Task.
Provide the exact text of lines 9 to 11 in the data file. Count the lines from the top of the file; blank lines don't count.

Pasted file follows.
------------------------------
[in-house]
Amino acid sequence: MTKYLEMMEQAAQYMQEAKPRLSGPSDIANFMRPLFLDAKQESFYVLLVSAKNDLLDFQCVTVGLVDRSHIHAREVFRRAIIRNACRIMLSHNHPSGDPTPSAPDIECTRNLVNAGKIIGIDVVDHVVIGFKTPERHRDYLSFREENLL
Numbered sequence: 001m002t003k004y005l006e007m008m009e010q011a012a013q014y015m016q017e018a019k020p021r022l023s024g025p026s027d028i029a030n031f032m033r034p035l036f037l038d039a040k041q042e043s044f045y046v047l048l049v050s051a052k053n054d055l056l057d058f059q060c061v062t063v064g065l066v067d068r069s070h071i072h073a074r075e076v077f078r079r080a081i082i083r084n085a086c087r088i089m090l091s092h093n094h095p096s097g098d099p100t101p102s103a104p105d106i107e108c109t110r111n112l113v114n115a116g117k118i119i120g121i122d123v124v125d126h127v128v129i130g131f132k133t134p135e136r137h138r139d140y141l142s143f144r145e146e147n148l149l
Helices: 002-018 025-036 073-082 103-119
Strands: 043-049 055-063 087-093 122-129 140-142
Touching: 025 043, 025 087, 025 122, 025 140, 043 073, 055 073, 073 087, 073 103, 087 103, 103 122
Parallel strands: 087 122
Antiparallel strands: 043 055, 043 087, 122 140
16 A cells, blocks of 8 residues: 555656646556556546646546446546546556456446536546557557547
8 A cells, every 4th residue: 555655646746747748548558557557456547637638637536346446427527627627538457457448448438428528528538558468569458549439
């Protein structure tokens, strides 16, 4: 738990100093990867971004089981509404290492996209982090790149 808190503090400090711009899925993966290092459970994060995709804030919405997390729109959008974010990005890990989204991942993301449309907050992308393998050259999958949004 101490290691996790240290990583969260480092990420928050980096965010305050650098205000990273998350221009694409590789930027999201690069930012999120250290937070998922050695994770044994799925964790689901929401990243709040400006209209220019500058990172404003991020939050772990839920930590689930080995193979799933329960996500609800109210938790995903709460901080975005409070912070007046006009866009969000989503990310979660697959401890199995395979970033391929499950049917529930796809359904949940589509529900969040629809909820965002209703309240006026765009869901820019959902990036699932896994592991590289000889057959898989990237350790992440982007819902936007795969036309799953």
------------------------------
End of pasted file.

16 A cells, blocks of 8 residues: 555656646556556546646546446546546556456446536546557557547
8 A cells, every 4th residue: 555655646746747748548558557557456547637638637536346446427527627627538457457448448438428528528538558468569458549439
């Protein structure tokens, strides 16, 4: 738990100093990867971004089981509404290492996209982090790149 808190503090400090711009899925993966290092459970994060995709804030919405997390729109959008974010990005890990989204991942993301449309907050992308393998050259999958949004 101490290691996790240290990583969260480092990420928050980096965010305050650098205000990273998350221009694409590789930027999201690069930012999120250290937070998922050695994770044994799925964790689901929401990243709040400006209209220019500058990172404003991020939050772990839920930590689930080995193979799933329960996500609800109210938790995903709460901080975005409070912070007046006009866009969000989503990310979660697959401890199995395979970033391929499950049917529930796809359904949940589509529900969040629809909820965002209703309240006026765009869901820019959902990036699932896994592991590289000889057959898989990237350790992440982007819902936007795969036309799953």